Love is patient and kind; love does not envy or boast; it is not arrogant or rude. It does not insist on its own way; it is not irritable or resentful; it does not rejoice at wrongdoing, but rejoices with the truth. Love bears all things, believes all things, hopes all things, endures all things. - 1 Corinthians 13.4-7 (ESV)Love is profoundly other centered. It is very easy for us to demand to be loved rightly, but this is not love. If love does not insist on its own way, we cannot say that our motivation is love when we demand something of someone else. I don't think this text is intended to be a set of rules for how to love. It is rather a description of how love looks. There are too many cases where this wisdom needs to be applied in different ways, like almost all of biblical wisdom. This text shouldn't be used as proof that someone is not being loving (since that defeats the spirit of the text).
However, my observations of the church that I see show a profound reversal of this text. We are prone to demand that others love us rightly, but have we loved them? Can we say that we do not insist on our own way when we demand love? Can we say that we do not hold grudges and resentment when we demand love? Can we say that we bear with our family, believes the best of our family, and endure with our family when we demand love? If these are not characteristic of you, then praise God. But observing the way people respond to others, the way I respond to others, it is much more often the case that we demand love instead of giving (sometimes undeserved, Christlike) love.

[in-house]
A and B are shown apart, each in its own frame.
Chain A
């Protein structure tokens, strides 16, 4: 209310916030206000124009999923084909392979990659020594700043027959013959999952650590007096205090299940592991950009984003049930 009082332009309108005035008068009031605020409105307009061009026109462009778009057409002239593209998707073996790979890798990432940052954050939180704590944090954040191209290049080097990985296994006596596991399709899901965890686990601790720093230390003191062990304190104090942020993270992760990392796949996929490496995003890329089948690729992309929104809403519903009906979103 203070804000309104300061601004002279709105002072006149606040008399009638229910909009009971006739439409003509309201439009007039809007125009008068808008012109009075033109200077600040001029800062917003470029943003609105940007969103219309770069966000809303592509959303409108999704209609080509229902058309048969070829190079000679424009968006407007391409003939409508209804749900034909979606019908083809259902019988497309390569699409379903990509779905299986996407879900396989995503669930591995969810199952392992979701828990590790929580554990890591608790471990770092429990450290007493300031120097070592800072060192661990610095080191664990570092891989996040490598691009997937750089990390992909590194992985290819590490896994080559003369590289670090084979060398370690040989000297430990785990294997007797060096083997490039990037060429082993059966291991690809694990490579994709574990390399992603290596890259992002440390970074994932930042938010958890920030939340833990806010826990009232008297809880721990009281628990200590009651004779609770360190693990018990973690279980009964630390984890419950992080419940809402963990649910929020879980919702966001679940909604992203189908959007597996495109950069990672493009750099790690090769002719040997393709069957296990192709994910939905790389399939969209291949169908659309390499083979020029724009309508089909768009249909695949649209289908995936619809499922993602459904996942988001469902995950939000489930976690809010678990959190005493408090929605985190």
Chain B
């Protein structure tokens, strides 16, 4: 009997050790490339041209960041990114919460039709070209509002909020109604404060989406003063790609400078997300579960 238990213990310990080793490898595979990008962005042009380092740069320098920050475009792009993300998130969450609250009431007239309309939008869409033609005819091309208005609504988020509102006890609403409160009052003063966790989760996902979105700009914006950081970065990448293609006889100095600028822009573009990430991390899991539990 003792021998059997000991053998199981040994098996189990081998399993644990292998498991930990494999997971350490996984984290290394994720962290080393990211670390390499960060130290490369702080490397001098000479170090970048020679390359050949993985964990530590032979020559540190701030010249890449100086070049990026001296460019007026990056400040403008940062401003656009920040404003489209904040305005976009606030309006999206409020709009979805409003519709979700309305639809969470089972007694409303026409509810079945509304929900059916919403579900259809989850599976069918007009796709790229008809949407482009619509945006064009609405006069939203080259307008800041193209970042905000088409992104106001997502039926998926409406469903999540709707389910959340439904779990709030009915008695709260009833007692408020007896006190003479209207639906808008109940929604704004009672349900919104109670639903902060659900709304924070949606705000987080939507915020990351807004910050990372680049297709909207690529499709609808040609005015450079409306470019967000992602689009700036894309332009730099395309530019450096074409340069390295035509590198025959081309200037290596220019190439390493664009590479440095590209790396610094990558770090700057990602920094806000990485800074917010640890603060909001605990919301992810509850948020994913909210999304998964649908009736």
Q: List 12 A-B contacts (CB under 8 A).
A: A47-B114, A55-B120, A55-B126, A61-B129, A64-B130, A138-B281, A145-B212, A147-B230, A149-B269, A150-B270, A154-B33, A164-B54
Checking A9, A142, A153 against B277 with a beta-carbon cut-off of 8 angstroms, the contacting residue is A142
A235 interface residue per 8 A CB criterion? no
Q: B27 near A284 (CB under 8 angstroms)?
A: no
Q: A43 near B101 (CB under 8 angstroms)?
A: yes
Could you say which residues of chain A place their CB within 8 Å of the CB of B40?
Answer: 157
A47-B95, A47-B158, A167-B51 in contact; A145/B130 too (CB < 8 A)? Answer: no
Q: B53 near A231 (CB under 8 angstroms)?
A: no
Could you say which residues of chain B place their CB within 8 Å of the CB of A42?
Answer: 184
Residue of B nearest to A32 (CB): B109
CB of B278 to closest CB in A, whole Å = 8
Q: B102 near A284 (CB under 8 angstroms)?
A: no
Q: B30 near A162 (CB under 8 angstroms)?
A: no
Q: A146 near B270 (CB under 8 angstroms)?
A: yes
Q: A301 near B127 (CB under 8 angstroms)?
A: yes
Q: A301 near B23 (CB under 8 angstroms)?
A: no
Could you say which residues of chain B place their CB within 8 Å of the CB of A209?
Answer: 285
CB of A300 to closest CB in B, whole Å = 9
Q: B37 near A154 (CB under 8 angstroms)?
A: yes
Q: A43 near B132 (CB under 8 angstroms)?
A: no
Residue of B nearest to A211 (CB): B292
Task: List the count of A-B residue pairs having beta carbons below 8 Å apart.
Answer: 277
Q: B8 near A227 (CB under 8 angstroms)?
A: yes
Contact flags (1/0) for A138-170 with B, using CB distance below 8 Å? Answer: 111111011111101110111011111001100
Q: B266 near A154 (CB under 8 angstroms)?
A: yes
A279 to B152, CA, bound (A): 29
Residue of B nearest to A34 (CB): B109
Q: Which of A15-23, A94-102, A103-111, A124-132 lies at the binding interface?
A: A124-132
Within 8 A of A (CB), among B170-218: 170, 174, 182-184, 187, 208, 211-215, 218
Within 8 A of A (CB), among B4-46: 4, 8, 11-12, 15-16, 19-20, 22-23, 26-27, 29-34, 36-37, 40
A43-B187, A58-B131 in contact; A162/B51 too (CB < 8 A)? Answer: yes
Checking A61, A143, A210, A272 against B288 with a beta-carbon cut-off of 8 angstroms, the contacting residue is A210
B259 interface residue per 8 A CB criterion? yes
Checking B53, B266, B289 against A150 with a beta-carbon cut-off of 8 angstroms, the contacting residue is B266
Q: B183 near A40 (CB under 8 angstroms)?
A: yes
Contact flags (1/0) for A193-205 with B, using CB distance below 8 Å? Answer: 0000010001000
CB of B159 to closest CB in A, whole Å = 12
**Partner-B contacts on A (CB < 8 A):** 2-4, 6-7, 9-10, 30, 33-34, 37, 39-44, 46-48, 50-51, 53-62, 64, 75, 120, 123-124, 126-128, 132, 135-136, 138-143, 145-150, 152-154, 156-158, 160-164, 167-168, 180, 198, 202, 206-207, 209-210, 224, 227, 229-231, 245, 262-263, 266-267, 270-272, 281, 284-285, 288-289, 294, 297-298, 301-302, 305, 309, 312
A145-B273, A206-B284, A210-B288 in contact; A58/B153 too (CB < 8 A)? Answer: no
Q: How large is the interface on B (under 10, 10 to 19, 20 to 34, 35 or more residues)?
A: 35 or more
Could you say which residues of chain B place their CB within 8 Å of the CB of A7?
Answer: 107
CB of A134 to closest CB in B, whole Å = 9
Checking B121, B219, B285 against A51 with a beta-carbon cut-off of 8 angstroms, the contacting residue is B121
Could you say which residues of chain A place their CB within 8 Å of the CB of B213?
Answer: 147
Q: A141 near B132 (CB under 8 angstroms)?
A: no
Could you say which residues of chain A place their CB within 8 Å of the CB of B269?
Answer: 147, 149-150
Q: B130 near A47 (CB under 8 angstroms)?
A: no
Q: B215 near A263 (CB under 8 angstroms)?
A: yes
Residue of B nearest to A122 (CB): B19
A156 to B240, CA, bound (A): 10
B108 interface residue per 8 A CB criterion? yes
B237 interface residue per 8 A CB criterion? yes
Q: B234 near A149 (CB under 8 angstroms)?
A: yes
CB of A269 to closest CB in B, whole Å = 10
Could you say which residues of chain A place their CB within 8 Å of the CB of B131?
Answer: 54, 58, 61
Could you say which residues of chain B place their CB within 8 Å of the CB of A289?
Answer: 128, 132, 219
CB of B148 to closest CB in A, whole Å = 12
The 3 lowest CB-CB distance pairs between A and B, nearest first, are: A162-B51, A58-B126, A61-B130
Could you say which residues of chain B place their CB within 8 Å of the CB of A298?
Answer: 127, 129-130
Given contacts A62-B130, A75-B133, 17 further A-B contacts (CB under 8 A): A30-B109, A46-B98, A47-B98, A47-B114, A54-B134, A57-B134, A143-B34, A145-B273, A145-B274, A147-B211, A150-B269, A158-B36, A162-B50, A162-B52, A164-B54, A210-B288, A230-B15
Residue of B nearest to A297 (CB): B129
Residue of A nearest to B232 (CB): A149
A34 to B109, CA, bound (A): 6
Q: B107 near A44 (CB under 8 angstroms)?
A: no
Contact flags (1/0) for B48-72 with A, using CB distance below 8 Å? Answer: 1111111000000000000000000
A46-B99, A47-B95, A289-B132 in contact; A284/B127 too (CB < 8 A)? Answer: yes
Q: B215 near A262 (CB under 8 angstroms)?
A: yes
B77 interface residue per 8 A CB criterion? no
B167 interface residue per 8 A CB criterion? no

A church that seeks to love each other in this way, where each member seeks to love another without demanding or expecting love in return, is a picture of Christ who loved us when we reviled him, spit upon him, beat him, mocked him, and crucified him. We are called to love our enemies and neighbors, but can we love them if we do not love the bride of Christ as he loves her? I do not think so.
What is love? Something other worldly.